The Clinton administration had no such worries about foreign enemies exploiting decades-old and heavily censored documents. In April 1995, it issued an executive order mandating that all secret government documents 25 years old or older, and deemed to be of "historical value," be released to the public unless federal agencies sought exemptions for specific files that remained sensitive. The order called for the creation of a "government wide database of information that has been declassified" and stated that its contents "shall be available to the public." In March 2003, the secrecy-obsessed Bush administration amended the Clinton order, removing any mention of a public database for declassified documents. While the federal government has released close to a billion pages of secret memos, office diaries, transcripts, and intelligence estimates from various agencies and departments, there is no universal database pulling it all together for interested citizens.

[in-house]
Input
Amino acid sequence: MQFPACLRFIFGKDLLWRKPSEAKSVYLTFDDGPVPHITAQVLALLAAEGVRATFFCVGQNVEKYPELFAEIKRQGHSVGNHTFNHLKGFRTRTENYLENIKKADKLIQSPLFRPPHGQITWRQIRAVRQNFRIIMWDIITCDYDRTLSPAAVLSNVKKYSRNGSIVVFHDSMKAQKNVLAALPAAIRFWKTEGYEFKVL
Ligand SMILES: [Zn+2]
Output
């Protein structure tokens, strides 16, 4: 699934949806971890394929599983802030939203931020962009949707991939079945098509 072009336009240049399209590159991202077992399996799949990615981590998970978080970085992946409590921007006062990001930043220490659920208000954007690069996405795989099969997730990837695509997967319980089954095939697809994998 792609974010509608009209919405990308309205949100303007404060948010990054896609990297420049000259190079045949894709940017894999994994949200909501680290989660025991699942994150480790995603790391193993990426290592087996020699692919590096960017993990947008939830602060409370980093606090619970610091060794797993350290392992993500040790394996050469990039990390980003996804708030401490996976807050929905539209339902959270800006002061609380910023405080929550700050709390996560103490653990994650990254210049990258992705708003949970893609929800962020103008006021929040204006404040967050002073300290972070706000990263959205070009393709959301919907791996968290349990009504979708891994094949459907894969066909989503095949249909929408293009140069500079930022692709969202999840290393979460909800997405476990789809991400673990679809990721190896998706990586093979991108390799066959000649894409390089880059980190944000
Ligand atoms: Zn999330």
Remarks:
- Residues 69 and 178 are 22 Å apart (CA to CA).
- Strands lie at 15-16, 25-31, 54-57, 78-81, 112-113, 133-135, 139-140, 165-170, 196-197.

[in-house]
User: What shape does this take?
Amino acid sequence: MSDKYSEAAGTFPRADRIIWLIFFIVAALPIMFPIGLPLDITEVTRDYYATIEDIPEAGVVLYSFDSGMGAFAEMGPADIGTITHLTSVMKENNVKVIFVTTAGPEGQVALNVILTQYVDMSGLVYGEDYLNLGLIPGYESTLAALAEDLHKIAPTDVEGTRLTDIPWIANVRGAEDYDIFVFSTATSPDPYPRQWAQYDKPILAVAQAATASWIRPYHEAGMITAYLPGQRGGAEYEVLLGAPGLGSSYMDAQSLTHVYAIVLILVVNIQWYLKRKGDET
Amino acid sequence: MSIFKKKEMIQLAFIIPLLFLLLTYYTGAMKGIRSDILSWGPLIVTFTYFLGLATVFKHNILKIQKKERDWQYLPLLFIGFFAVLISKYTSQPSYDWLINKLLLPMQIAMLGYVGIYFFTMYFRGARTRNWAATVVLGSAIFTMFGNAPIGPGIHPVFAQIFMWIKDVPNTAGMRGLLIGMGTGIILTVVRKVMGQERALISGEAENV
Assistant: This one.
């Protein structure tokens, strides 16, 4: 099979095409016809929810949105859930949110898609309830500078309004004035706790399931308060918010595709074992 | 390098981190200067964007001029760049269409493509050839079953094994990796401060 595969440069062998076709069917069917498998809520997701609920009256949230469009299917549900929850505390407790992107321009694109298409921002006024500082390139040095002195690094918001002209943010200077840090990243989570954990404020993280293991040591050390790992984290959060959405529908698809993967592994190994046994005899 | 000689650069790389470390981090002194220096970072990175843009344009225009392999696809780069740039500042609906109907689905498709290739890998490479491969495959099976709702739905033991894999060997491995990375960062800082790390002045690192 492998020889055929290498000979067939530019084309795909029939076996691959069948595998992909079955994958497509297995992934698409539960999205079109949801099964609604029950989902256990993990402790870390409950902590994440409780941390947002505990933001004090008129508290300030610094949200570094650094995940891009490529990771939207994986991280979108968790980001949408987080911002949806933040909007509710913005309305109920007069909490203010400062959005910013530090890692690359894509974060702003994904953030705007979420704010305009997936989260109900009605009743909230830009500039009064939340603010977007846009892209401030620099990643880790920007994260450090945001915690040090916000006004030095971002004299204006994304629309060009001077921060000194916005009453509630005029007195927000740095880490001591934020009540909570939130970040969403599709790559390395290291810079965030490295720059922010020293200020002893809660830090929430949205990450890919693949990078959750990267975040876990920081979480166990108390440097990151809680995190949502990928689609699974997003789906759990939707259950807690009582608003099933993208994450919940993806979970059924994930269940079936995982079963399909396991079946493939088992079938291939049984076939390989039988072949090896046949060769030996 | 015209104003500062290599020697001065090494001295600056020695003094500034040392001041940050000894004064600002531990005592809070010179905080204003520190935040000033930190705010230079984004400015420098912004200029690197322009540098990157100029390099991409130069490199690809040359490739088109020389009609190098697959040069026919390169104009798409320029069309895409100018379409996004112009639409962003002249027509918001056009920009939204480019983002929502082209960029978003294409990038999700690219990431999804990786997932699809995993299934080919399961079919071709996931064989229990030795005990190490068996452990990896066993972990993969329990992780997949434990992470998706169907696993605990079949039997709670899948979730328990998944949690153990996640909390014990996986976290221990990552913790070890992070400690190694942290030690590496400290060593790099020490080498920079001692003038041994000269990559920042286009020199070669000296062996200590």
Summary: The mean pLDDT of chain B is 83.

Despite its limited public access, Langley's CREST database is among the most comprehensive currently available. It's a point the CIA's Gimigliano is quick to emphasize. Most federal agencies simply dump paper files in the National Archives, he says, but the CIA's database organizes its declassified files into a "resource that is very popular with scholars." Some 850,000 pages have been printed from CREST computers since 2000. These were presumably documents worth having, but much of the database is a snore. "Many hundreds of thousands of pages of the documents made available through CREST are at best uninteresting—personnel office memoranda, innumerable newspaper clippings, reprints of academic journal articles, etc.," write David Barrett and Raymond Wasko in their review of the database for the journal Intelligence and National Security.